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World Teachers’ Day: Top tips for using tech to engage with parents

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To celebrate World Teachers’ Day, Parent Zone writers - and former teachers - Yusuf Tamanna and Marjun Ziarati offer their tips on how to use technology to engage with parents

With teachers rushing around all day and responsible for so many young people, it's sometimes difficult to find time to reach out to parents.

Equally, many parents are eager to know more about how their child is getting on at school, but work, medical or childcare issues mean being available during school hours is tricky, and even if they can come to the school, it can sometimes be a struggle to get in touch with their child’s teachers to arrange it.

We’re yet to find a way to slow down time but, the good news is, modern technology can offer teachers new ways to engage with parents that suit both parties.

With parental support vital for a child’s progress, a good parent-teacher relationship benefits everyone.



1. Give parents your work email address Yes, we know that can be a scary prospect, and many schools have a policy of withholding this essential piece of information from parents in case teachers are inundated with requests, or abused. But in 2017, it makes no sense for parents not to have a direct route to communicating with you. If your school really doesn't want to offer this information on its website, then it can set up a general email account for parents to use to request meetings or phone calls to discuss their children's progress, which is then passed on to you. We know many schools already do this, but we also know many don't!

2. You’ve got mail One reason why this may sound a horrifying prospect is that when you're teaching a full-on, six-period day, keeping up with a mountain of emails can feel hopeless. One way to cope would be to set up an autoresponder email indicating to the sender a set time in the day or week when you check and reply to emails. The same message can also re-direct parents to an alternative point of contact if their query is urgent. This simple, friendly message can help avoid conflict or frustration for parents who are waiting for a reply, whilst also taking the pressure off you to respond immediately.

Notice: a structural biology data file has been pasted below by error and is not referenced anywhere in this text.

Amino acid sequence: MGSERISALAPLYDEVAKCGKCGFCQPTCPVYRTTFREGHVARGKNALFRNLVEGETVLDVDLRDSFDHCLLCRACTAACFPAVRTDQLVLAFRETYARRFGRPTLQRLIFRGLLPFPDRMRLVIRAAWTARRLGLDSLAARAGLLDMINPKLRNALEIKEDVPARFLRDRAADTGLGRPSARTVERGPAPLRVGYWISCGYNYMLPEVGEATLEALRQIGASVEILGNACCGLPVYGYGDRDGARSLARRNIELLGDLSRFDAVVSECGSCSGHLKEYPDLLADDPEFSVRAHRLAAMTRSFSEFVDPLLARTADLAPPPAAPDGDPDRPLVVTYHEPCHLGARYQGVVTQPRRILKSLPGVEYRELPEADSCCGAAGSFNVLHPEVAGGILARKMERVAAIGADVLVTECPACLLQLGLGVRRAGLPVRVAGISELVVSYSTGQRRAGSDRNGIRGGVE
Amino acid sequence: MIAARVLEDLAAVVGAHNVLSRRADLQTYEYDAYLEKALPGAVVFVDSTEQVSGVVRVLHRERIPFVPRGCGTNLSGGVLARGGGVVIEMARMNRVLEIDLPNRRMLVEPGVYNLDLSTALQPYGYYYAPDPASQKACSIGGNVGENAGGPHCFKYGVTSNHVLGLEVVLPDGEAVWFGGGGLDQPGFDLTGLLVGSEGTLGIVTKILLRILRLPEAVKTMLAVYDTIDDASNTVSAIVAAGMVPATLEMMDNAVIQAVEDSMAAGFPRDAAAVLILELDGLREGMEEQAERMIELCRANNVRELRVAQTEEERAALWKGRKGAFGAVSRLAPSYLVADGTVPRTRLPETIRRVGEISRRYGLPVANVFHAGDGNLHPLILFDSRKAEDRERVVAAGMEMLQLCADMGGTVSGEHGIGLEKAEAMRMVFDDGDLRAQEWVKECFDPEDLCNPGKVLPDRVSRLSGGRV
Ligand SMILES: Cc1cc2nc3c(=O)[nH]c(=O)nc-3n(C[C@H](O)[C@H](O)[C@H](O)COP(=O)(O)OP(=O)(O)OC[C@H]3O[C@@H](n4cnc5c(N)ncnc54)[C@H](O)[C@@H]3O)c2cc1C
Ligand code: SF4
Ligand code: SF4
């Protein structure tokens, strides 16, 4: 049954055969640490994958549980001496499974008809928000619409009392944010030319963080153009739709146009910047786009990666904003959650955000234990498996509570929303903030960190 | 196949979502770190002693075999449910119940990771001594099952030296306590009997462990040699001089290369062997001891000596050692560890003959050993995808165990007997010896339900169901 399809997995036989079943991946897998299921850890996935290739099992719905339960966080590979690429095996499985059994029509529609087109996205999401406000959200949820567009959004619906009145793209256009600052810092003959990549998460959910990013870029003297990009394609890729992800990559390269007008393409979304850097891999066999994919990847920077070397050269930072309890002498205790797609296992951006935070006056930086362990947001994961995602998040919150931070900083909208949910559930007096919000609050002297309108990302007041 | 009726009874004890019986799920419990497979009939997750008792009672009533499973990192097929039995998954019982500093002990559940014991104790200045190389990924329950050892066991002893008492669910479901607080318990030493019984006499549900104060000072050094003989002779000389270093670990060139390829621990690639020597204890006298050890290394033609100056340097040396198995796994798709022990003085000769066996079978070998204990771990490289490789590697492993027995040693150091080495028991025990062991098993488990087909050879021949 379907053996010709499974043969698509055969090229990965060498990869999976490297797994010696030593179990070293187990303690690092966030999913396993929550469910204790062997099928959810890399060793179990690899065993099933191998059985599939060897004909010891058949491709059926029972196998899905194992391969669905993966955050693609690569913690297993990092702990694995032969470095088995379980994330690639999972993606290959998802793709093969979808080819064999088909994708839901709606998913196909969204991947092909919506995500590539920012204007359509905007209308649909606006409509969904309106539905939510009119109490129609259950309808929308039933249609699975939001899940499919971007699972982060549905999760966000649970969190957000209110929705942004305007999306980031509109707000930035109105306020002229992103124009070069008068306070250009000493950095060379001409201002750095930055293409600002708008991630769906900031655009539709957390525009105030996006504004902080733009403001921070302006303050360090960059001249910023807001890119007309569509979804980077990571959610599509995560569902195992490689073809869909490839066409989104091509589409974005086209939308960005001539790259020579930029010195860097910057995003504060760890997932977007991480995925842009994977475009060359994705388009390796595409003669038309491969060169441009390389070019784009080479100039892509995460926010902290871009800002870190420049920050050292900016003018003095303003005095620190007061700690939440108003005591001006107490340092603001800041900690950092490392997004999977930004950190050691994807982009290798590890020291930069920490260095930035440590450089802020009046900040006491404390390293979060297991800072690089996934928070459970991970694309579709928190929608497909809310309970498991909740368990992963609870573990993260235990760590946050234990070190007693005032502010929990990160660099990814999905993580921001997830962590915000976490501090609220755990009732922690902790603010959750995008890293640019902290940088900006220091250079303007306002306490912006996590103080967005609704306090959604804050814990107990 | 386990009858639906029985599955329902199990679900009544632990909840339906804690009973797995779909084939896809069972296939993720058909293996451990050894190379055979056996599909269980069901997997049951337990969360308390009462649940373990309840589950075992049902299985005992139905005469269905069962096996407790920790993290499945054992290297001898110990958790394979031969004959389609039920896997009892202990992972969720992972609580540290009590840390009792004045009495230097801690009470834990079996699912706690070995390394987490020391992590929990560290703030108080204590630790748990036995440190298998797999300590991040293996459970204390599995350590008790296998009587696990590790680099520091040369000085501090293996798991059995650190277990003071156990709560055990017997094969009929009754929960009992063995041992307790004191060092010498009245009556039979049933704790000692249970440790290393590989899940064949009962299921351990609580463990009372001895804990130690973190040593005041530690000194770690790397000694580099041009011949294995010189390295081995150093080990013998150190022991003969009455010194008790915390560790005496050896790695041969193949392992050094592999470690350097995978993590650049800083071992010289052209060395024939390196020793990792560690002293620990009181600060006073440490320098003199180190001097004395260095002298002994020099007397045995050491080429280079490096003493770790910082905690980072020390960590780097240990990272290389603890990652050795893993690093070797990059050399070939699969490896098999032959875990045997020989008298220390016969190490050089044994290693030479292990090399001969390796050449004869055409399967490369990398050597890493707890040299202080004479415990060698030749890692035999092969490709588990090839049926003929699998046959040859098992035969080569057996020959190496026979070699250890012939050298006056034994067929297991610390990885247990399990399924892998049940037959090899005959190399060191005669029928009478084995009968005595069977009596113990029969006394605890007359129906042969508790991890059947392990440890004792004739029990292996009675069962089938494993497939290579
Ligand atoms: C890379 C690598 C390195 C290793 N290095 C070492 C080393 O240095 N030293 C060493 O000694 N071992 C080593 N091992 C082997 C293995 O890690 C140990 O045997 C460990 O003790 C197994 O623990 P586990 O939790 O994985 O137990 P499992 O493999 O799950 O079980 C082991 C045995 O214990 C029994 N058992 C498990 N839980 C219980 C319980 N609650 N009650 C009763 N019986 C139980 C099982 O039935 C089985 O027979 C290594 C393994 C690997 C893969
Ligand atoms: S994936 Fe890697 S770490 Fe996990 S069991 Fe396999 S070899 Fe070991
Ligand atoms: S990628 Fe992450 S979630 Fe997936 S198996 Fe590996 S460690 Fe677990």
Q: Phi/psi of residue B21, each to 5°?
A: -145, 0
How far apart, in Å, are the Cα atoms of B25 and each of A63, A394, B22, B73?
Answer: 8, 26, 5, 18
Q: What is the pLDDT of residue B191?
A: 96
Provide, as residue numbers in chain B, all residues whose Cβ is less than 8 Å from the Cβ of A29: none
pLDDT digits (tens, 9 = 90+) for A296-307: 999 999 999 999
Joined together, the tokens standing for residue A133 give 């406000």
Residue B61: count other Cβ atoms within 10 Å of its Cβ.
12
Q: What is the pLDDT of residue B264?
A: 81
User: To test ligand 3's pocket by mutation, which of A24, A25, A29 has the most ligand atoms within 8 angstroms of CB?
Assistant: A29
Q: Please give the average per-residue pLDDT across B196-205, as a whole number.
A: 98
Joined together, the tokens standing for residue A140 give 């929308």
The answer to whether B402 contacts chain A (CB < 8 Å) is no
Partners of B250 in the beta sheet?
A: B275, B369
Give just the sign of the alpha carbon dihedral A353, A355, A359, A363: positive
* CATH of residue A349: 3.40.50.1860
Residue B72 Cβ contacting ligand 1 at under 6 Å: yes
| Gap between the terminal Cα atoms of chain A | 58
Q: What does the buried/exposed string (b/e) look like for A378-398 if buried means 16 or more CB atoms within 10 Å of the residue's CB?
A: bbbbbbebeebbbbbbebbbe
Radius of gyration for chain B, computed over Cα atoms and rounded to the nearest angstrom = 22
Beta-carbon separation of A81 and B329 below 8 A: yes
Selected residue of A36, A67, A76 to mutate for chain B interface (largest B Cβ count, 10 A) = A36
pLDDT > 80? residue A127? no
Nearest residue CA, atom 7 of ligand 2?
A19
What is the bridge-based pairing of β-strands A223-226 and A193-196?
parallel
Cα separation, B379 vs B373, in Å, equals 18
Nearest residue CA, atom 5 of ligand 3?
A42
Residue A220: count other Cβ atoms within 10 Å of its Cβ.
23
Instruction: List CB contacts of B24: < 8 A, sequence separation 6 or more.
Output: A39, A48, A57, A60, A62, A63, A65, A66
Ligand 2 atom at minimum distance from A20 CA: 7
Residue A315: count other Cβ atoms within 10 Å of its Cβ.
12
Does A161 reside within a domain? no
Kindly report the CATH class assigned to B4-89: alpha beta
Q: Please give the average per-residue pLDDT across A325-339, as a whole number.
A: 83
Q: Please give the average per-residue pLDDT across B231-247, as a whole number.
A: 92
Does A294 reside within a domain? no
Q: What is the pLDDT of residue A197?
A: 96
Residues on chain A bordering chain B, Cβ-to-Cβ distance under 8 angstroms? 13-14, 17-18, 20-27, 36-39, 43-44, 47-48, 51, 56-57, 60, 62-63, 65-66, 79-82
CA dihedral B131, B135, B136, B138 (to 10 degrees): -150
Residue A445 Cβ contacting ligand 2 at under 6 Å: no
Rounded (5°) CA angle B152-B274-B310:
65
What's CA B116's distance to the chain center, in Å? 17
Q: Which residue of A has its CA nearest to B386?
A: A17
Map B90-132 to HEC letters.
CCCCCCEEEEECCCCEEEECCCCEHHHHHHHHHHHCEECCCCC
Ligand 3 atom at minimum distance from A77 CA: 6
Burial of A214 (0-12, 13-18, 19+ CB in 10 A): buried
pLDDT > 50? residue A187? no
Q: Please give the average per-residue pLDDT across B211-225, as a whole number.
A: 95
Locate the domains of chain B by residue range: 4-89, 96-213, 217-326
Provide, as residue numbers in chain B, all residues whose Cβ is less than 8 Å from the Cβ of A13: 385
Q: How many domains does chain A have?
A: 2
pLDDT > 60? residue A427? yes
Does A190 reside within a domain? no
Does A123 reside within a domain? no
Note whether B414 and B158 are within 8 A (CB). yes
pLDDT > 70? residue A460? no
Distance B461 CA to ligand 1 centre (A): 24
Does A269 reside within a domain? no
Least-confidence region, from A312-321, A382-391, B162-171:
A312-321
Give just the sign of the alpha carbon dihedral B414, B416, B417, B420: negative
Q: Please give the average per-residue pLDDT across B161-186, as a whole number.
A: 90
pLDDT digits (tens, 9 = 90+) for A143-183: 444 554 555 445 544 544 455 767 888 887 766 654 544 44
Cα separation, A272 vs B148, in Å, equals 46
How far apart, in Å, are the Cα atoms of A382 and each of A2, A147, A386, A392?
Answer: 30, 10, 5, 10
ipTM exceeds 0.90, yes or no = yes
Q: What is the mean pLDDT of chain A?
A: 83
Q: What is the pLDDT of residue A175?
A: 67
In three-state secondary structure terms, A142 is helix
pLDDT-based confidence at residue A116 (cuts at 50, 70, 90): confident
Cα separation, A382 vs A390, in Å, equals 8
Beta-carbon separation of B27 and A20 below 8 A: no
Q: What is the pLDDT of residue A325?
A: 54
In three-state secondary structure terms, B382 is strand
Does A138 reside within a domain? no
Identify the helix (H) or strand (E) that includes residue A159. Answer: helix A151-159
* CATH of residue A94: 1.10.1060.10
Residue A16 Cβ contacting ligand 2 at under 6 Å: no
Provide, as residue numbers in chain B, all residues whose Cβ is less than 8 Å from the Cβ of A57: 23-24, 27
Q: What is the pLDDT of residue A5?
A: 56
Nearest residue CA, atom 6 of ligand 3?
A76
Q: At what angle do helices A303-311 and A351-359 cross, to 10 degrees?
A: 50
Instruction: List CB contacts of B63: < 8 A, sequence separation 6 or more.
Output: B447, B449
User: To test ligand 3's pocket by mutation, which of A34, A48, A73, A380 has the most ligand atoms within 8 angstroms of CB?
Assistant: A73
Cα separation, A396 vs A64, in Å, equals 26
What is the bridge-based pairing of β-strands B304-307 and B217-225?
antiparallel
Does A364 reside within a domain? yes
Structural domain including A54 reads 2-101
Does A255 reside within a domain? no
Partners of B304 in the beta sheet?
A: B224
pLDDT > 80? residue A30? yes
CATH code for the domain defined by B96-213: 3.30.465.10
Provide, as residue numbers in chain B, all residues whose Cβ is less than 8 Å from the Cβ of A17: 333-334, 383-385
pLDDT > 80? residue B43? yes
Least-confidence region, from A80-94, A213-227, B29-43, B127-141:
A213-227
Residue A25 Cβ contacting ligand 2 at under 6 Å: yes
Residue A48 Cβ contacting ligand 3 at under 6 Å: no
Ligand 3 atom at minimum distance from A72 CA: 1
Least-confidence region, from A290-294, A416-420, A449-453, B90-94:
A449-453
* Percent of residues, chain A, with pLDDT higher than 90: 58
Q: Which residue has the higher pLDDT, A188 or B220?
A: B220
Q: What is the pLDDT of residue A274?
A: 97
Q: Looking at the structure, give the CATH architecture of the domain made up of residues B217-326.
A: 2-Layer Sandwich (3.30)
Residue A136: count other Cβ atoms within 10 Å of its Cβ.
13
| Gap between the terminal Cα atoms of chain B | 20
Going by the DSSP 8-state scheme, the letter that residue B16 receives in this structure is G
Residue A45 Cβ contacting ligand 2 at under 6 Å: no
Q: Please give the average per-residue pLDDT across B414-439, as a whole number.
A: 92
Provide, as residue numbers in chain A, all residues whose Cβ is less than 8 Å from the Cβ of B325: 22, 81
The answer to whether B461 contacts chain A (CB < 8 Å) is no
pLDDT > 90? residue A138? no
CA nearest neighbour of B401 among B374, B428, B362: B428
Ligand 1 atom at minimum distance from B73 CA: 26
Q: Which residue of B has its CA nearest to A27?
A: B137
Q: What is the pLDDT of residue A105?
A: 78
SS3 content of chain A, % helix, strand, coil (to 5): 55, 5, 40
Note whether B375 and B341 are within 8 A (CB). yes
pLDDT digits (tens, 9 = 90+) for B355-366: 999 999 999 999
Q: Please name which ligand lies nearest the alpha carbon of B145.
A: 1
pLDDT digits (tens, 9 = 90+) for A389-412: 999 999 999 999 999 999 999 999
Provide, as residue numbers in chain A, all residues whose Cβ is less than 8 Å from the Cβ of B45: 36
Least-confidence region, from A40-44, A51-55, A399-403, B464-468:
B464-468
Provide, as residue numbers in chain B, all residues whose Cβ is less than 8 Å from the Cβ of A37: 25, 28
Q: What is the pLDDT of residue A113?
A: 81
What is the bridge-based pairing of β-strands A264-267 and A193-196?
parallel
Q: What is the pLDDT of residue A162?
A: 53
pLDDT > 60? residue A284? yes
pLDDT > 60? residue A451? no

3. Homework helpers Many schools now use virtual learning environments so teachers can set, mark and comment on homework online. Parents can be particularly appreciative of this method of keeping up with their child’s progress, especially when they’re very busy themselves. Pupils sometimes lose their homework diaries or don’t write down details of their homework assignment. This way, teachers can engage with parents and help them feel involved in their child’s learning.

4. Lost in translation There will be some parents whose first language won’t be English, and any communication will generally have to be made through the pupil. Now, teachers can use translation apps and sites, such as Google Translate, when writing emails and letters to parents. This way, parents will be able to be communicate directly with you and you won't have to wait for a translator, or worry that the pupil may not be conveying the exact message you want to pass on to their parent or carer.

5. Face-to-Facebook Teachers can create a private Facebook page where they can update parents on useful information, such as whether homework has been set, reminders about meetings, or if the teacher themselves will be away. You can do this from your private account, but those details won't be seen by anyone viewing the page. This way, the communication between parent and teacher is a lot more instant and direct. The page can be set so that no one but you can post - thus avoiding any inappropriate or abusive comments.

6. Distance learning Parents may be unable to come to their child’s school for information evenings, internet safety talks etc for many reasons. However, they still value support and advice from schools and teachers. By giving parents access to online parenting courses, they can complete them in their own time without having to leave their home.

Do you have any tips to pass on to help teachers and parents communicate? Email us at or, if you are a Parent Zone Digital School member, log in and go to our PROFESSIONALS FORUM.


Useful links:

Parenting in the Digital Age online parenting course

Teaching in a digital age: it’s time to catch up and work together